945 Central Ave., Naples, FL
NAPLES — In her pixie ponytails and short sundress, Susanna Tocco looks more like a would-be beachcomber than some sort of new age sage.
Which is exactly how she wants it to be. Tocco’s not a guru, nor does she aim to be. Instead, with the opening of Anahata Holistic Healing and Spiritual Center in Naples, she intends to provide a wealth of resources for Neapolitan metaphysical needs.
Tocco likens Anahata to a library. although: “They don’t massage you at the library,” she adds with a laugh.
Of course, the library doesn’t offer many classes in guided meditation, Kabbalah or sacred geometry, either. Upon entering the library, one of the first things one sees usually isn’t a table of brilliantly colored crystals, all polished, beautiful and bright. Normally, candles don’t flicker in the library’s windows and the fragrant scent of incense doesn’t hang pleasantly in the air.
Finally, there’s never a day when a banner outside the library proclaims, “Free Hugs.”
So Anahata is definitely, unmistakably different from anything currently available in Naples. Which, again, is exactly how Tocco wanted it to be when she began thinking about the shop.
“My main goal is basically to bring the three points of what I call true healing – spiritual healing, physical healing and nutritional healing – into one,” she says.
Tocco, who is originally from Orlando, moved to the area 10 years ago. Her husband hails from Naples and his parents are longtime Old Naples merchants; Anahata is Central Avenue in downtown Naples, not too far from her in-laws’ shop.
Although Tocco had a lifelong interest in the metaphysical and holistic arts, she knew when she initially arrived in Naples that she wasn’t yet ready to open her own business.
At the time, there was another similar shop in town, Tocco recalled. So, in the ensuing years, Tocco worked and started her family. She furthered her education, too; she is a practitioner of Qigong, a moving meditation similar to Tai Chi, as well as a certified massage therapist, aesthetician and aromatherapist. She’s also currently pursuing a bachelor’s degree in holistic health.
But she ultimately returned to her dream. Naples needed such a space, Tocco believes.
“There are people to support it, and there are people who want it,” she says.
As for detractors, skeptics or those who worry that something sinister is afoot anywhere tarot cards are sold, Tocco is patient when she explains that’s simply not the case.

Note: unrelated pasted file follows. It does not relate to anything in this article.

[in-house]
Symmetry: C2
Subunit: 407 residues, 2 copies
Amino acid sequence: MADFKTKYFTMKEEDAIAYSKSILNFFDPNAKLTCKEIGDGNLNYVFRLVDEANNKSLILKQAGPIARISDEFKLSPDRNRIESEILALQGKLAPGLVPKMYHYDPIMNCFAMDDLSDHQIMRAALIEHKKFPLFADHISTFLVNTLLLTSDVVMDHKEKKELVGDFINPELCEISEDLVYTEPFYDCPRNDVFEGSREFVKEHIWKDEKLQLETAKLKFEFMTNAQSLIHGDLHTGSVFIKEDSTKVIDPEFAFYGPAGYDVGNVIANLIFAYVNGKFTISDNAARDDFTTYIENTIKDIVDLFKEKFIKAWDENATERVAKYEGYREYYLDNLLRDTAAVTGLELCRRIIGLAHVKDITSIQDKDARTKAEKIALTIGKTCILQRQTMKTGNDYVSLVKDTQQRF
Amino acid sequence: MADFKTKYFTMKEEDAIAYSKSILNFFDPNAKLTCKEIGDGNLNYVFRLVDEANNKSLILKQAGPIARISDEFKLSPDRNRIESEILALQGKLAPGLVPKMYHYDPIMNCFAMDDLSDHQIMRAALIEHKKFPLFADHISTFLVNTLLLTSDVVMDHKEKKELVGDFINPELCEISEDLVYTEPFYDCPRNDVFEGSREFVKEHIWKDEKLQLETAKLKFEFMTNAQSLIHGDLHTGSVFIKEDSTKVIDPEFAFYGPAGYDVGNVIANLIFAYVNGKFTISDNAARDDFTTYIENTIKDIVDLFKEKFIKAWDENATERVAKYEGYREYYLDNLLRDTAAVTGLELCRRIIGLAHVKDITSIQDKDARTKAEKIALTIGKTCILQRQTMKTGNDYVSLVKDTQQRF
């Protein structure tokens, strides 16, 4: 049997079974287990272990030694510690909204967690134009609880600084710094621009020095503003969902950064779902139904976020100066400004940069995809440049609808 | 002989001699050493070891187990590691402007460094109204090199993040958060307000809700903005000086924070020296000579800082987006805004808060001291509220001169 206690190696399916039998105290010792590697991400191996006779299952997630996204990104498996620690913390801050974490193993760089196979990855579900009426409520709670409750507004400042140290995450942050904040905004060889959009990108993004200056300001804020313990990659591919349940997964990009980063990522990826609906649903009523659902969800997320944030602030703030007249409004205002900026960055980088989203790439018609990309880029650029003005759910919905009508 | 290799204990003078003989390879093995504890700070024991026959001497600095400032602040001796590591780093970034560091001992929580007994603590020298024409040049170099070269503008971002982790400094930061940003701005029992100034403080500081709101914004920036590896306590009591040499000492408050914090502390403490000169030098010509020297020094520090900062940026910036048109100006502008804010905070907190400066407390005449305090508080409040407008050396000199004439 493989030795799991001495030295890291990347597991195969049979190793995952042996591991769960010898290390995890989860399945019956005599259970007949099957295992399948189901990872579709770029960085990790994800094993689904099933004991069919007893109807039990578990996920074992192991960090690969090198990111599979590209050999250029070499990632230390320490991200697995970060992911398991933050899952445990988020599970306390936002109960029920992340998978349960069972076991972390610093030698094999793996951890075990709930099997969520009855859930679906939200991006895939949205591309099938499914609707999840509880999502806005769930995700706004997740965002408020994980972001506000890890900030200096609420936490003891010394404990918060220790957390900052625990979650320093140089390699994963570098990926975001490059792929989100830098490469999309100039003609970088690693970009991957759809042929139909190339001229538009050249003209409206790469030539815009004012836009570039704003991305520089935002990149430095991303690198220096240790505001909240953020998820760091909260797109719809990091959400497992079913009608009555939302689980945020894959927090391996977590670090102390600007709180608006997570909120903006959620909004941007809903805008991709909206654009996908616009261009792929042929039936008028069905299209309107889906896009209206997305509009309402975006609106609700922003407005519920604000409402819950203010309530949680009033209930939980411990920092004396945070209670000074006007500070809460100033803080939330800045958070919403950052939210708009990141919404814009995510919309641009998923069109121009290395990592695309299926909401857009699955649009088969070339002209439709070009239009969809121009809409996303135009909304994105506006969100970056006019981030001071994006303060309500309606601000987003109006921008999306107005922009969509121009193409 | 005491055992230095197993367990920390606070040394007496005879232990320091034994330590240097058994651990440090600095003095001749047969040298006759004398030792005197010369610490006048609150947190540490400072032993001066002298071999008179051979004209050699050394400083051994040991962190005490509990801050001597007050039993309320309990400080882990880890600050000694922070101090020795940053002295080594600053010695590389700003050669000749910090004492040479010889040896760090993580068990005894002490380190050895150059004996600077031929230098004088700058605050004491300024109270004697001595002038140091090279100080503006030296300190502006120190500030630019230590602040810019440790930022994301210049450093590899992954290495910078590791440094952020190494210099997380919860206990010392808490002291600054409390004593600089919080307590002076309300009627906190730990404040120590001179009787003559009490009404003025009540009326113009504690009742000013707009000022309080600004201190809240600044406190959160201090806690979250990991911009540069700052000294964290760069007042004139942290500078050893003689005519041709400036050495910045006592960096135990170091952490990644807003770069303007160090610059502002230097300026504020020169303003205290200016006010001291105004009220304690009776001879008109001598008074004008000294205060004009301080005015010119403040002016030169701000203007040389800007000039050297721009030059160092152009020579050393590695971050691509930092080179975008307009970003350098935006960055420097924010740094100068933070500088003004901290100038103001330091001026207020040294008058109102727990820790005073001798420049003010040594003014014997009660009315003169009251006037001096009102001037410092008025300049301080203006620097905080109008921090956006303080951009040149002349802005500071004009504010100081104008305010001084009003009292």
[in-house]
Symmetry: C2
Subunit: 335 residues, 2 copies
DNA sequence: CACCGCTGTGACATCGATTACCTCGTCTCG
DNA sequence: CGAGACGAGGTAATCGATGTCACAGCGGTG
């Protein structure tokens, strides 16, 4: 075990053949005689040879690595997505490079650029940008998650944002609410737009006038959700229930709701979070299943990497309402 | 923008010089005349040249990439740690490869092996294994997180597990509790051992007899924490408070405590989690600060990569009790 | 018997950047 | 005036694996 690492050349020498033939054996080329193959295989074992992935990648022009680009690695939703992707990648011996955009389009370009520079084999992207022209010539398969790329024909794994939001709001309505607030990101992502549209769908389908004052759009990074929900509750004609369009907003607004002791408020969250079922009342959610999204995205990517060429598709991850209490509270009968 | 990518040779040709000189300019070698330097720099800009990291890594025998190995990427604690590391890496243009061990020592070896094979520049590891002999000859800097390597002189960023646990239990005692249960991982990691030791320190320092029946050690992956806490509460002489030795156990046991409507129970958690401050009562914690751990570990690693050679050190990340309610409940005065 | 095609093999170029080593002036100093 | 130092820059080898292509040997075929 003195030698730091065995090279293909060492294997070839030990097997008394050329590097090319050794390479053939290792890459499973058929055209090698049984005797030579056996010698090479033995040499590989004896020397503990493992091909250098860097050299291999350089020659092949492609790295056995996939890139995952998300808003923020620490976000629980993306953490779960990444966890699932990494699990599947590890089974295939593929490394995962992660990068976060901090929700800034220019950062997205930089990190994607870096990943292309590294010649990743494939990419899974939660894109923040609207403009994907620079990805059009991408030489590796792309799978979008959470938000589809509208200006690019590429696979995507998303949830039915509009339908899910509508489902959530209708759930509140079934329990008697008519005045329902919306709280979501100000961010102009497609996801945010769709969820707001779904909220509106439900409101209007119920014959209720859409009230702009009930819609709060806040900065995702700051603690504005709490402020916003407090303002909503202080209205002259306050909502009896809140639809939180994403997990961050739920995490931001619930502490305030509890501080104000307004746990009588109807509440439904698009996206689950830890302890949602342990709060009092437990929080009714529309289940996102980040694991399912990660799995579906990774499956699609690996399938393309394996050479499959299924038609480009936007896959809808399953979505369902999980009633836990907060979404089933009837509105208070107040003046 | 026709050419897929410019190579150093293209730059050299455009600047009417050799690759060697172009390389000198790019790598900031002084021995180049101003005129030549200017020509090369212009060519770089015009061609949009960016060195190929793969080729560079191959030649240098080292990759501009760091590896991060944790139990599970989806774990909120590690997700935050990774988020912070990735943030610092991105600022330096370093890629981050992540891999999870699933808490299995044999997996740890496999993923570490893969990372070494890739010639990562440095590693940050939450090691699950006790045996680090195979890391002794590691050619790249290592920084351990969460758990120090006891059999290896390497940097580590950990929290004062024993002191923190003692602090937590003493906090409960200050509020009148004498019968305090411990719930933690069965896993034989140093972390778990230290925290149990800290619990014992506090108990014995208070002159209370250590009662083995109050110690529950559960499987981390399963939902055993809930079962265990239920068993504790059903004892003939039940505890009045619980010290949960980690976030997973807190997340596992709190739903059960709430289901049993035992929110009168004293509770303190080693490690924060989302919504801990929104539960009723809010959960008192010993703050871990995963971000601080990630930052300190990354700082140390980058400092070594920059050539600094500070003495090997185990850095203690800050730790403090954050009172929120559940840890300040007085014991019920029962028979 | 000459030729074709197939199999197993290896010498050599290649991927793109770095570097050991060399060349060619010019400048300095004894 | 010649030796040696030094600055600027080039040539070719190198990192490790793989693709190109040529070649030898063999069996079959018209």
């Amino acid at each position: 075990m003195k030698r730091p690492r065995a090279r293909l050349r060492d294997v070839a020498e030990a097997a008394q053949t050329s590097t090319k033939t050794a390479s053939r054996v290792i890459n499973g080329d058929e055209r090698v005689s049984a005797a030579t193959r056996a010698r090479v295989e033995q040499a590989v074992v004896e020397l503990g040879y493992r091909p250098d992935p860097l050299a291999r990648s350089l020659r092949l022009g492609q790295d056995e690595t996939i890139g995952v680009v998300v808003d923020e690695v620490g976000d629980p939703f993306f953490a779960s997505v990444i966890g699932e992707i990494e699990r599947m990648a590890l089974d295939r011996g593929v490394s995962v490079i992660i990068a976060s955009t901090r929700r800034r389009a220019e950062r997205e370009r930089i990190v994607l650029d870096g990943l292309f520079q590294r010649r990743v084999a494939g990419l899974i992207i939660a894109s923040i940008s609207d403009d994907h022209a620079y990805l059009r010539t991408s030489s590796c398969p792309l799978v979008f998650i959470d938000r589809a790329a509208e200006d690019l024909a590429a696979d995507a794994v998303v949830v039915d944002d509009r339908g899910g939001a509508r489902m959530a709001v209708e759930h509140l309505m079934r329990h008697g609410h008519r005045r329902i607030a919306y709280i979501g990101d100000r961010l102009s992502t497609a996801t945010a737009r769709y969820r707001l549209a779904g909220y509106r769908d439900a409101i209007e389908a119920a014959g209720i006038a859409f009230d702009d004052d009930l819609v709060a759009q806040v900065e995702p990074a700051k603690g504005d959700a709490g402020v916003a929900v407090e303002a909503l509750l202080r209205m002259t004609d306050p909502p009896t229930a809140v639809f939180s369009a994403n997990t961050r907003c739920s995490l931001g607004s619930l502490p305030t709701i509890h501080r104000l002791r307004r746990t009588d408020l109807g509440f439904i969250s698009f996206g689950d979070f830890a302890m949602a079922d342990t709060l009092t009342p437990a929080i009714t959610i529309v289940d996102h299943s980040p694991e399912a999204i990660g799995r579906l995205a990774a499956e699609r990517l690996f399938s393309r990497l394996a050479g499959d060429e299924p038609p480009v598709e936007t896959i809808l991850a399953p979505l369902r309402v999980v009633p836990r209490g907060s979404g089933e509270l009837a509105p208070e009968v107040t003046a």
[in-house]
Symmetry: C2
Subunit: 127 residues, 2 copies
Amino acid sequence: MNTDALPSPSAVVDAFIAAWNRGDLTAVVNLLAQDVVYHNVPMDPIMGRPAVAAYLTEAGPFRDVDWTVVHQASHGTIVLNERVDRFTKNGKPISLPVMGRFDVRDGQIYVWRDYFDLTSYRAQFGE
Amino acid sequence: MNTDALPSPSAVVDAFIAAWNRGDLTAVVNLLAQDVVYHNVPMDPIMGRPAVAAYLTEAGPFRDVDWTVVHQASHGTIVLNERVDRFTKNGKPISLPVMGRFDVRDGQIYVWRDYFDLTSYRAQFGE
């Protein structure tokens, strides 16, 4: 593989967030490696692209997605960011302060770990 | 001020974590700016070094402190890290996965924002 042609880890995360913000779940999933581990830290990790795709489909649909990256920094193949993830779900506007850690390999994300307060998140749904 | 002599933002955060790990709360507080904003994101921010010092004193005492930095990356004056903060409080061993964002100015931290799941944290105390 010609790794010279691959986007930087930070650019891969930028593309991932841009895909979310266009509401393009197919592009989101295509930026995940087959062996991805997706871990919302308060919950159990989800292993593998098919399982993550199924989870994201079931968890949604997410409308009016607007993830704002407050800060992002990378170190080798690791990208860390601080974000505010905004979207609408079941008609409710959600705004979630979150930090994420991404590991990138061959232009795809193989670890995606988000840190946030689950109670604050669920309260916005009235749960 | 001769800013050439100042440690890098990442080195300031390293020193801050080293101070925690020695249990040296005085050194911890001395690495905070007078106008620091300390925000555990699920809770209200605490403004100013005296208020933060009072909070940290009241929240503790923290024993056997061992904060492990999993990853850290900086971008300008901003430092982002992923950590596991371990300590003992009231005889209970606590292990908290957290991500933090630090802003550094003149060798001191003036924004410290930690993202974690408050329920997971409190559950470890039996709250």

“It’s not about working with any type of dark elements or dark forces,” she says of metaphysical practices and studies.
Recently, she was fortunate to find an interested private investor and Anahata, which is the Sanskrit name for heart chakra, opened in mid-February. Tocco picked the name because “definitely, the world needs more love,” she says.
“And also, I was following my heart in doing this,” she adds.
Anahata’s front room is its traditional storefront, complete with crystals, books, jewelry and more. It’s arranged with each of the directional elements represented: On the shop’s east side, Tocco stocks aromatherapy and incense, which are meant to represent air, while shelves on the north side hold stones and wooden boxes, which signify earth.
There are herbs to browse, too. Tocco, a certified nutritionist, plans to ultimately offer a full line of nutritional products and classes as well. She also wishes to welcome metaphysical and holistic practitioners of all levels. To help grant a taste of the center, she’ll be holding regular, once-a-month Mystical Fairs starting in May.
Although some of Anahata’s items might be available at a more mainstream shop, Tocco notes many practitioners prefer to buy from a spiritual center, knowing that the tools have been treated properly and energetically.
The remainder of Anahata is reserved for studio space and smaller rooms where one of the center’s 12 holistic arts practitioners can lead classes, conduct readings or hold private sessions, including massage, acupuncture and hypnotherapy.
One of Anahata’s regular teachers is Samantha Banks, a Reiki master and shaman. Banks leads several classes at Anahata, including a goddess study group. She praises Tocco for creating a business that boasts an array of physical and spiritual offerings.
“There’s something here that appeals to everybody,” Banks says.
That’s Tocco’s hope. She describes Anahata as an eclectic place, a spot where many spiritualities happily share shelf space or the class calendar. One of her favorite bumper stickers is the popular “Coexist” sticker: On it, each of the word’s letters symbolically represents a world faith, such as the Star of David for Judaism, the cross for Christianity and the pentagram for Wicca.
“I guess my theme for here is the Coexist bumper sticker,” Tocco says. “A true coexist.”
On the Web: www.anahatanaples.com